-On the pre-show, Carlito and Primo defeated The Dirt Sheet Duo of John Morrison and The Miz to unify both sets of Tag Team Titles. I like all four men, and I was primed to see it happen on the actual card since, after all, it was booked for it. However, because of time constraints, this got bumped, and none of us figured it out until we saw the promo for the main event. Well, if we couldn’t get a tag team match featuring four wrestlers I like, and I’m footing a serious chunk of the cable bill, let’s see what was deemed more worthy of PPV time, shall we?

-We open with Money in the Bank, as we’ve returned to eight men this year, since nobody pissed purple into the cup. We have Christian, Kane, CM Punk, Finlay, Shelton Benjamin, MVP, Kofi Kingston, and Mark Henry as the crew this time around. I won’t lie, when I try to recall each participant in this match off the top of my head, I remember that there were four white guys and four black guys and that makes it easier. Does that make me a bad person? I hope not.

-After Henry and Kane take everyone down due to their hossiness, Christian and Benjamin use a ladder to clothesline them down, and Kingston high jumps over it, and then dropkicks the ladder into both men. Could be a coming out party for Kofi.

-The little guys climb and Kane and Henry knock the ladders over. This is called “establishing the pecking order”.

-Onto the traditional ‘dive parade’, where even Mark Henry teases one, but Finlay stops him. Oh come on, Finlay just didn’t want Henry to overshadow everyone with his Shooting Star Press. I’ve seen it, it’s epic, really. Shelton tops them all with a senton flip off of a painter’s ladder in the aisle. Crazy stuff.

-Oh look, Hornswoggle’s here to fill my veins with coursing rage. He dives onto the pile and knocks everyone over, despite weighing maybe 120 lbs tops. Again, if you ever laugh at midget antics, I will eviscerate you on sight.

-Kofi’s mission: steal the show. First he uses a ladder for a jungle gym kick on Finlay, and later he climbs a ladder that Henry holds while closed. If ever somebody was obviously doing everything in their power to become a main eventer, it was Kofi Kingston. I’m pulling for em too.

-Punk and Christian both get involved again, and Christian takes Punk off of the ladder with the Unprettier, although they mess the landing up. When two of your four or five favorite wrestlers blow a spot at the biggest event of the year, prepare for the worst.

-Then Benjamin climbs a ton of interlocked ladders and tries to sunset powerbomb MVP off, and they blow that as well. Not a good sign.

-Finally, Kane chokeslams Christian off, and Punk kicks Kane off to claim his second briefcase in a row, although the crowd is less than enthused. I love that they boo an ending because they all assumed somebody else would win (Christian?), but then over the next year, Punk reinvents himself as a hell of a heel, and is more entertaining as a result. Of course, the catalyst to all that was winning this match. Eat it, know-it-alls. Match was good, but probably the worst MITB to date.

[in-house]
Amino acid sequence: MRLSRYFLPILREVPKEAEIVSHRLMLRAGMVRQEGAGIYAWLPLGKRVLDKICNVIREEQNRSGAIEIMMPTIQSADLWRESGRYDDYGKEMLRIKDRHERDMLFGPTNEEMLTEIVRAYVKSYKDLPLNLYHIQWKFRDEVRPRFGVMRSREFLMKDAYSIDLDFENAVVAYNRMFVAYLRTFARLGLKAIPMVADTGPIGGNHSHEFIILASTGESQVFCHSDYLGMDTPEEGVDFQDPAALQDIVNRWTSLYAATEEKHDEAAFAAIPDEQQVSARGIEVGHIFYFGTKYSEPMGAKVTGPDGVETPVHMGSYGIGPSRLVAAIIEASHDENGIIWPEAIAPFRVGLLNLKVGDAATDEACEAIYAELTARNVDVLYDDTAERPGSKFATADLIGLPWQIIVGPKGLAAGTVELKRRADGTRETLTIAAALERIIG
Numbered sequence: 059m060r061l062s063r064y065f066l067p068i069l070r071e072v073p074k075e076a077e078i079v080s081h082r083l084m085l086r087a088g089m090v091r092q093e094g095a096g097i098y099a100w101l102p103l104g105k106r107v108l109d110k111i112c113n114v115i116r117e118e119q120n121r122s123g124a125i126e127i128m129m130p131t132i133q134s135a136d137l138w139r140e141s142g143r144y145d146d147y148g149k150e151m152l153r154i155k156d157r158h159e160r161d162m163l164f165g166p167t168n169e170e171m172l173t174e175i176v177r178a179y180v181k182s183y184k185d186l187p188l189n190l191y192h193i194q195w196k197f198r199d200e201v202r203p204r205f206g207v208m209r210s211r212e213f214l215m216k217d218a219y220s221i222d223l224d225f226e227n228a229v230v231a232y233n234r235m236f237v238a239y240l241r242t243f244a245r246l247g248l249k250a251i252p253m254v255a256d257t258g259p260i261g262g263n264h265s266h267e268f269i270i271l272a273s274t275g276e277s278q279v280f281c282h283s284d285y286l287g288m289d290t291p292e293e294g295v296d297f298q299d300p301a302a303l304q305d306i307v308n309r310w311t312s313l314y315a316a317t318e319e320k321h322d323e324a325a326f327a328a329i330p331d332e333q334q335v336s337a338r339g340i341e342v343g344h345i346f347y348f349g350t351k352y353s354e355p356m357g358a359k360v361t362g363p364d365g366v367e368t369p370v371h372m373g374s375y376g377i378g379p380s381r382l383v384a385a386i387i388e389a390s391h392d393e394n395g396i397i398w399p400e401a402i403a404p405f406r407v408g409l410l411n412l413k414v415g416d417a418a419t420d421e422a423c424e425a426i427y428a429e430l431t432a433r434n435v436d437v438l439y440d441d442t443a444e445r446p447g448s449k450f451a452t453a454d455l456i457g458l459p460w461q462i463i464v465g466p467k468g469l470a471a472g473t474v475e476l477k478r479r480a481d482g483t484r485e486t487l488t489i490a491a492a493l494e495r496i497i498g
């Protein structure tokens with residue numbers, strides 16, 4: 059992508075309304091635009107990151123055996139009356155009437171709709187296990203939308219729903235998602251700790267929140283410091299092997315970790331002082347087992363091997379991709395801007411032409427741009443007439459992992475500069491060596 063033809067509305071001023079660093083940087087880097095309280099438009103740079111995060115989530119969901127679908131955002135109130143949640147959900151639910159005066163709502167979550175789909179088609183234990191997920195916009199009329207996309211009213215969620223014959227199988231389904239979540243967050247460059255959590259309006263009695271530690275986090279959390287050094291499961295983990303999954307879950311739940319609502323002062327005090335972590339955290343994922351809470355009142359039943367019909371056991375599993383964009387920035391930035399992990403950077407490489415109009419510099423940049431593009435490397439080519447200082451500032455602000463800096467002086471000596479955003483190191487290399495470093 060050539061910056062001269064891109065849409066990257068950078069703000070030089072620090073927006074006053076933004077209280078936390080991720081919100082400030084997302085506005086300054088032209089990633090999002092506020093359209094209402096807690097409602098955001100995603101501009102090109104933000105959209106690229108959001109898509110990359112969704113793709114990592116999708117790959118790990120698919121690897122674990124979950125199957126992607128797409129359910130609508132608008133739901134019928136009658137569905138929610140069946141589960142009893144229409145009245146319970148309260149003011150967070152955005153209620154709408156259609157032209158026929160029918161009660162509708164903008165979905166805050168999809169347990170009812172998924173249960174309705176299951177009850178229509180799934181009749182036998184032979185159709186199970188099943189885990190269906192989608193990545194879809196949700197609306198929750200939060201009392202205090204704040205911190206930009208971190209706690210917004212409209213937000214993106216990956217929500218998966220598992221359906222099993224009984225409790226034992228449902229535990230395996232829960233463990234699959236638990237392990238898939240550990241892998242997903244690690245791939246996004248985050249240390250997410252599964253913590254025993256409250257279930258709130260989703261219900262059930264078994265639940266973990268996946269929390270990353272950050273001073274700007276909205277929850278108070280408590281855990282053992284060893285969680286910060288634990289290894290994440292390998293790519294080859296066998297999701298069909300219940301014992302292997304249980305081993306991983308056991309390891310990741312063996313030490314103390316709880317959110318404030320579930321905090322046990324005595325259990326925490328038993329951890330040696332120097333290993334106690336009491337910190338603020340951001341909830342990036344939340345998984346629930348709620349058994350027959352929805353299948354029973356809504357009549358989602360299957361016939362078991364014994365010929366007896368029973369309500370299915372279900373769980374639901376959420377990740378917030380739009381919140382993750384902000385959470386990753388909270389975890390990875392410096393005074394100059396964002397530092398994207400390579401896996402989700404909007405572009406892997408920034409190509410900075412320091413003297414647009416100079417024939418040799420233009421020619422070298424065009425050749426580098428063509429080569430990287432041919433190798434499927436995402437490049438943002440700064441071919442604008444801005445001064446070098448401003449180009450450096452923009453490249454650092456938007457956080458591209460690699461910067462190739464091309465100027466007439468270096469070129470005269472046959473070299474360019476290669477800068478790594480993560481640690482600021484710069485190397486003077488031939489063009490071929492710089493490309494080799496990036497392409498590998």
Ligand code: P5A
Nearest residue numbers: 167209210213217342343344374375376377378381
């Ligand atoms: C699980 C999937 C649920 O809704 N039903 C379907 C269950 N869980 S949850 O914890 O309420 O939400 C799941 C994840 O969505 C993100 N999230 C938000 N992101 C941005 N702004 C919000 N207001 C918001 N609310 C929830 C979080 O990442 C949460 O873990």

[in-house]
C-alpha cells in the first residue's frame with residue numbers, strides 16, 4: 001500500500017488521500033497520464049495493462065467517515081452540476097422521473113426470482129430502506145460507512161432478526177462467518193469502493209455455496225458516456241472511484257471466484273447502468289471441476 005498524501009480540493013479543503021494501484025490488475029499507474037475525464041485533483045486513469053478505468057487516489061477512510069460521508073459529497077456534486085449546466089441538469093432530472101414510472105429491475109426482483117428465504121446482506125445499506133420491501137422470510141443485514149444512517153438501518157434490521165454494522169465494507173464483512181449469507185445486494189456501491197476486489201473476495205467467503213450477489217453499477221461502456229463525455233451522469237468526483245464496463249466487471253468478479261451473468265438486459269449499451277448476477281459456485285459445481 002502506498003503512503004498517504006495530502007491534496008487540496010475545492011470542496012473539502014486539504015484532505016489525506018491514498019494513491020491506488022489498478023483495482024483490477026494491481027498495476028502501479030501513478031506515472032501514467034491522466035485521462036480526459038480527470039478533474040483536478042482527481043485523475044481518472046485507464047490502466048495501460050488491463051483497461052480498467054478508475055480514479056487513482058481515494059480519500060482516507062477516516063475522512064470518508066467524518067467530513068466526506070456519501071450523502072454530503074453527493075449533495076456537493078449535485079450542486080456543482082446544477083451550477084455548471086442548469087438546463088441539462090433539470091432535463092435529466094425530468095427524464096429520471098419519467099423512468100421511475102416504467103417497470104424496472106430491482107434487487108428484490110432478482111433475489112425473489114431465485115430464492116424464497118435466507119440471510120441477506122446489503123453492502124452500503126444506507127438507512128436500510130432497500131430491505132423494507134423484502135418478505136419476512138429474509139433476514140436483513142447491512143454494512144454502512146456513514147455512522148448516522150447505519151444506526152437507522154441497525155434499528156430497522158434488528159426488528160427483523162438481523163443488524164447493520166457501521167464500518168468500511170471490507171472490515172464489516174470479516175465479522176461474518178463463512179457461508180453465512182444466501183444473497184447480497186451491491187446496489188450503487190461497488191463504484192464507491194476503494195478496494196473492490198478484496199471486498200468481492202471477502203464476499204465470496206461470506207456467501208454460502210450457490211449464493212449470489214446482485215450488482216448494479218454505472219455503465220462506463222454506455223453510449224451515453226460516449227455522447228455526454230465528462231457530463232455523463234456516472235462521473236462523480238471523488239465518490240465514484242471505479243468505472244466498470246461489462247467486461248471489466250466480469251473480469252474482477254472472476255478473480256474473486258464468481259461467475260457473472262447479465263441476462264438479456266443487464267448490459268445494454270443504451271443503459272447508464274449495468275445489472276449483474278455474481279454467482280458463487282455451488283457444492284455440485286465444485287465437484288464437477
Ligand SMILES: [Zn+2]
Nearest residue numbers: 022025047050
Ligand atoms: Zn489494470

-At this point, my DVD edits out Kid Rock’s concert, which was around ten minutes long and, well, sucked. Much like the instance of Mickie James playing grab-the-trout with Trish Stratus being edited off of WM22’s DVD, I was going to go to Josh’s and demand the original tape so I could watch it and provide an accurate look back but….ummm…no.

-As Kid Rock finishes “So Hott”, the divas for the 25-diva battle royal make their collective entrance. They don’t even get formal introductions, which I think is a little sexist and insulting, and are just herded out there. Well, ladies, here’s your moment of recognition: Beth Phoenix, Melina, Maryse, Michelle McCool, Mickie James, Kelly Kelly, Alicia Fox, The Bella Twins, Eve, Gail Kim, Jillian Hall, Katie Lea Burchill, Layla, Maria, Natalya, Rosa Mendes, Tiffany, as well as past divas Jackie Gayda, Molly Holly, Sunny, Victoria, Torrie Wilson, and Joy Giovanni, not to mention one other participant that I’ll reveal. Soon. In this next paragraph.

-A weirdo in drag dumps out Beth and Melina to become the winner, which is….Santina Marella, the “sister” of Santino. From the fall of 2007 until this moment, Santino Marella became the funniest, and most original, performer in the entire business, making me laugh at least once a week when he’d appear. But now, being shoehorned into this lame attempt at comedy, this was the end of Santino as far as an unbreakable entity was concerned. Unfunny, lame, and contrived. A dark cloud was definitely hanging over this show.

-At this point, the viewing party and I agreed: at least there’s still the Tag Team Title match to look forward to. Oy.

-Jericho-Legends recap is next, with spliced footage of “The Wrestler”, starring Mickey Rourke. I’m shocked that WWE Films didn’t create their own version called “The Sports Entertainer”, where the performer never gets hurt, lives a clean life, and lives happily ever after. You know it’s not beneath Vince, right?

-Mickey Rourke is spotted at ringside with fighters Frank Shamrock and Josh Barnett. Shame Barnett never transitioned into wrestling, because he has the look. Sadly, history showed that the look may conflict with a wellness test.